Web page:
Legislation would change procedure for identifying suspects

Published: Mar. 27, 2017 at 4:05 PM EDT
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By: Mike Vasilinda | Capitol News Service

March 27, 2017

TALLAHASSEE, Fla. (WCTV) -- The House Justice Appropriations Committee unanimously approved legislation this afternoon requiring law enforcement agencies to follow a set of procedures called 'double blind' when conducting live or photo eyewitness identifications. The legislation is a result of witnesses too often getting it wrong.

Alan Crotzer was convicted of a strong arm robbery in 1983, even though he never matched the height or weight first described by the only eyewitness.

“From the beginning, I did not fit the description,” Crotzer said.

An Innocence Commission study in 2011 found that 3 out of 4 people released by DNA exonerations were sent to prison by faulty eyewitness testimony.

Sponsor Rep. Gayle Harrell said, “So, we want to make sure the right person is convicted.”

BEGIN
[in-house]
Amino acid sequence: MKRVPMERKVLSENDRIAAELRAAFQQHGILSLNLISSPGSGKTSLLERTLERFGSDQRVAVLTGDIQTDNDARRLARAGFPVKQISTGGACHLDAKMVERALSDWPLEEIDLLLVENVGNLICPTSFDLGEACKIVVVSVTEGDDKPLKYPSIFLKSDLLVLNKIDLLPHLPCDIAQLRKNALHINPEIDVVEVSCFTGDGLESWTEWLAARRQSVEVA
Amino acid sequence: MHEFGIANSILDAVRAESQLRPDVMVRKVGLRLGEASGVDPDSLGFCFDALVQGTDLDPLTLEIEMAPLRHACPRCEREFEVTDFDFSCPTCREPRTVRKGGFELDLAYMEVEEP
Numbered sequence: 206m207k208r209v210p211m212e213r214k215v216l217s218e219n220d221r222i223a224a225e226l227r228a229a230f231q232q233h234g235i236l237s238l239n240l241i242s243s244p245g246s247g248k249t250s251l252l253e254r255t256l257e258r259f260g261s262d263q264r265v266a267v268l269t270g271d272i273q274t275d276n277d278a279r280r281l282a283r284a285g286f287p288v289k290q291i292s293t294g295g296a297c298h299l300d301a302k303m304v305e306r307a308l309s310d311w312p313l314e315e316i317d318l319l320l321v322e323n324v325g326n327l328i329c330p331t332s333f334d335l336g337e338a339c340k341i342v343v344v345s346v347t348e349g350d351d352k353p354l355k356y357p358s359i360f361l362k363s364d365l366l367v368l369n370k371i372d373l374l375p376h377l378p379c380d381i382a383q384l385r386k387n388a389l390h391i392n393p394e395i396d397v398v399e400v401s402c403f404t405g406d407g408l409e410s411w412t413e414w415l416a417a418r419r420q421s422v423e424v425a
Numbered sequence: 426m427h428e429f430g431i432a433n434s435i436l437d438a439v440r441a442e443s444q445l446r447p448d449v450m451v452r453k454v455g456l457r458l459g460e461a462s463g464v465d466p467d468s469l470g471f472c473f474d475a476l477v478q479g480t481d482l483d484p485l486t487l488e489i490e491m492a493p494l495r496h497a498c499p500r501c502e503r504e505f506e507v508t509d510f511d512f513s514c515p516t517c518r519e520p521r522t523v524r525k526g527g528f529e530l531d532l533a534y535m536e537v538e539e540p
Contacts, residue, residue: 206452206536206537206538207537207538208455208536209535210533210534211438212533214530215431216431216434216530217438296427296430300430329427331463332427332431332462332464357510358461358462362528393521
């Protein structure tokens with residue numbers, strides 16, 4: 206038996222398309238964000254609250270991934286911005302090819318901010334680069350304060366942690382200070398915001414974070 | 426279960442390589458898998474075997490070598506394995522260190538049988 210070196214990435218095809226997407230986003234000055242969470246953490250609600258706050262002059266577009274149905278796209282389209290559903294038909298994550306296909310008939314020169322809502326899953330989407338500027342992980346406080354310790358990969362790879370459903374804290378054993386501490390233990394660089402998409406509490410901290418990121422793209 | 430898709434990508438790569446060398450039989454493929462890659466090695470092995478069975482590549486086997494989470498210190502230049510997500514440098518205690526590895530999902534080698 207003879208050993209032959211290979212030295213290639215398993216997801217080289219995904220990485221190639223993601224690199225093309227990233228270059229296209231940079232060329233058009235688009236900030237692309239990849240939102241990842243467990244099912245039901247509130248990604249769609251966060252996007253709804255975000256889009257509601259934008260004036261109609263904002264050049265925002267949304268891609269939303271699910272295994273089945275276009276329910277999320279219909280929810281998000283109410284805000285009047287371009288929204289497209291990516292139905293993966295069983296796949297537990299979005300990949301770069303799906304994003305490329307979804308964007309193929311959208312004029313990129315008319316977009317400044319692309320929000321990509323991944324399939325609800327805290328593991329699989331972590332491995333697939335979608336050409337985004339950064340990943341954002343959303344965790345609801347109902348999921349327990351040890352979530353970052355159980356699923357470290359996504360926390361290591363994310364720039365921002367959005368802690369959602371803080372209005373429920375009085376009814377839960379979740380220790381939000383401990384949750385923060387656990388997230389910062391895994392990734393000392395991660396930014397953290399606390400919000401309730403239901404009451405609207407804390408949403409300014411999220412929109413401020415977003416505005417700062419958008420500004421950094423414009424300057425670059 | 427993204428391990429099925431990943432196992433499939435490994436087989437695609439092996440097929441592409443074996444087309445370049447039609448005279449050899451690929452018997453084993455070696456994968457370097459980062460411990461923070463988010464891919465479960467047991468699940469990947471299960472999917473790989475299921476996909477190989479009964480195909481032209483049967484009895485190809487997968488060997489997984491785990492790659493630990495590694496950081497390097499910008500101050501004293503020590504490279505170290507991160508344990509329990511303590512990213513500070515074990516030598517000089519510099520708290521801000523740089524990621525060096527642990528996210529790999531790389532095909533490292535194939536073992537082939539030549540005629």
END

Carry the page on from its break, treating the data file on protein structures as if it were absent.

Now, State Representative Harrell wants to fix the problem by requiring police to use officers unfamiliar with the crime or suspect when conducting photo or live lineups.

“You would have to have an independent administrator handle it, so anyone working on the case would not know who is there and would not be able to influence in any way at all,” Rep Harrell said.

Police agencies that don’t adopt the standards wouldn’t face a penalty, but defense attorneys would be allowed to raise their non-compliance at trial.

Nancy Daniels, of the Public Defenders Association, spent 26 years as a public defender. She says the change is a big deal.

“And even if the judge allows the evidence, it can be presented to the jury, so they know the procedures now required by law were not used,” said Daniels.

The Police Chiefs and Sheriffs are not objecting.

Jerry Demings, President of the Florida Sheriff’s Association, says, “We certainly don’t want anyone who is innocent to be tried and convicted.”

Rep. Harrell is quick to point out, catching the right person the first time makes everyone safer.

Alan Crotzer received $50,000 for each of the 24 years he wrongfully spent in prison. So getting it wrong can also be costly for taxpayers.